Determining a systems runlevel can be useful when setting up a headless server or determining if a system is being used as a server or as a workstation. Thankfully it’s pretty easy, using a number of commands. But before we get started, a little background.
Runlevels are a concept from UNIX System V used by the
init(8) daemon or other system initialization system to define modes of system operation. Eight runlevels are permitted, the first seven are numbered 0-6 and the eighth is named S or s (both are permitted). Services and other system components are said to exist in one or more runlevels. When switching from one runlevel to another, the services that should not exist in the new runlevel are stopped and the services that only exist in the new runlevel are started.
NOTE: Runlevels 0, 1 and 6 are reserved. Runlevel 0 is used to halt the system and 6 to reboot the system. Run level 1 is used to bring the system back down into single-user mode, after which the runlevel will be S.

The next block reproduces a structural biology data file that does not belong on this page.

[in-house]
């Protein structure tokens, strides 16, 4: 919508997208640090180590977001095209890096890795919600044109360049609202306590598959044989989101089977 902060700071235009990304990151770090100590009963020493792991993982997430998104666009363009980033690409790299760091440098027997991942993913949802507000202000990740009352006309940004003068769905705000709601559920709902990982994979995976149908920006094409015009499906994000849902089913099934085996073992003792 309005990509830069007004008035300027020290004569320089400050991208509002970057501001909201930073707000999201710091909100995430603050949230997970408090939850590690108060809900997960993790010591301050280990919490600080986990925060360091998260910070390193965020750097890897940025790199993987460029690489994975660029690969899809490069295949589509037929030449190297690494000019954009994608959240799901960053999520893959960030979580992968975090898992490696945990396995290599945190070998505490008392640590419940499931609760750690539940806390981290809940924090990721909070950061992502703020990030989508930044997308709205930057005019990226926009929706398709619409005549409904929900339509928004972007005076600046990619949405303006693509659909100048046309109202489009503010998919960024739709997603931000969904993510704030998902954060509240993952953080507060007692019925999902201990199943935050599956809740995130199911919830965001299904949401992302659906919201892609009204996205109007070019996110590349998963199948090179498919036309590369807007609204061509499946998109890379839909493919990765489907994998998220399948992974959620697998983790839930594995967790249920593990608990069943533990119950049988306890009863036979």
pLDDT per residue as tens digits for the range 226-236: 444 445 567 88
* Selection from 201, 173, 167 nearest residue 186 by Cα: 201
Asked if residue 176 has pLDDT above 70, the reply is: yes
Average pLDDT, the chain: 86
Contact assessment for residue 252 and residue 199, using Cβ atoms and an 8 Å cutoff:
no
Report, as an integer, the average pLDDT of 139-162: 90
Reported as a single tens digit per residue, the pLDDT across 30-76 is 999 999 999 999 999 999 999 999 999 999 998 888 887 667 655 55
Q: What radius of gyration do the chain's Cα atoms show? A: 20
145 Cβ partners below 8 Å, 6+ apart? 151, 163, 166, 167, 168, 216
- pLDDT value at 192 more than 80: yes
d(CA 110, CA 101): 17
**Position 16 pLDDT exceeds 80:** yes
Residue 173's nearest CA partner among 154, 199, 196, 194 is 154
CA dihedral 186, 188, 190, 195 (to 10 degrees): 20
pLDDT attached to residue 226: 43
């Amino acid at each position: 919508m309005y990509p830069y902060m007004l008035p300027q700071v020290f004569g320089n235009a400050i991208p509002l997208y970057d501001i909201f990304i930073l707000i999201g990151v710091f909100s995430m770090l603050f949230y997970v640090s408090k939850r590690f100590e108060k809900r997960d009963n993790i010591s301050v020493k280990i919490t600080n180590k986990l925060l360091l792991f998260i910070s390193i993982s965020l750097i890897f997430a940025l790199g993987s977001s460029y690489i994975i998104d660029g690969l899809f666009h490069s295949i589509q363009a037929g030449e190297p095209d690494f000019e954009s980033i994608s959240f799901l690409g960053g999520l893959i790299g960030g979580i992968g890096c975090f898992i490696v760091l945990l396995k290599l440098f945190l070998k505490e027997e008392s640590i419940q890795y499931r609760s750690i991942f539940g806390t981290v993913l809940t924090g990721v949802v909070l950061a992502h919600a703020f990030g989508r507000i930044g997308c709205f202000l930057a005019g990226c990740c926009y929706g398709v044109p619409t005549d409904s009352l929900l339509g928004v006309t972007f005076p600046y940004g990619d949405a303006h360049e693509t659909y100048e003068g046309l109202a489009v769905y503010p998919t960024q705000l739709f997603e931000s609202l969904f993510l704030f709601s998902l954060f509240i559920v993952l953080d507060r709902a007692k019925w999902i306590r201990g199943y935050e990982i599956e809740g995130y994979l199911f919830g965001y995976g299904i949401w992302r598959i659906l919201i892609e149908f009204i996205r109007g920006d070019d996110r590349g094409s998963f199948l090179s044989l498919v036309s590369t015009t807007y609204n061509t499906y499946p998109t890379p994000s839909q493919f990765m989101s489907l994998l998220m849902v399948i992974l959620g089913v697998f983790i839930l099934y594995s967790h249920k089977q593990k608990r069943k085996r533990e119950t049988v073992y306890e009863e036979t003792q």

To determine a system’s runlevel you can use one of the following methods.
#1 – who
The 1st one I’ll cover, and the least obvious – at least to me, is the command
who. This is the reason that I’m writing this post!
$ who -r run-level 3 2013-12-02 21:45
#2 – runlevel
The much more direct method is to use the command,
$ runlevel N 3
To do this you can use one of 2 commands,
telinit. Both take a number as an argument or a character such as “S” for single user mode aka. runlevel 1.
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# Examples $ init 1 # single user mode $ telinit S # single user mode $ telinit 3 $ telinit 0 # halt $ telinit 6 # reboot $ telinit Q # re-read /etc/inittab file
Rebooting & Halting
You can also use the
shutdown command to perform a reboot and/or a halt, as well as the commands
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# Examples $ shutdown -h now # halt $ shutdown -r now # reboot $ reboot $ halt $ poweroff
All the changing we’ve been doing above are temporary. To change a system’s runlevel permanently so that instead of say 5 it’s now 3, you’ll need to edit
init‘s configuration file,
/etc/inittab. A change like this to the file:
Save it and either tell
init to re-read it using the command
telinit Q or reboot the system.
NOTE: For further details regarding my one-liner blog posts, check out my one-liner style guide primer.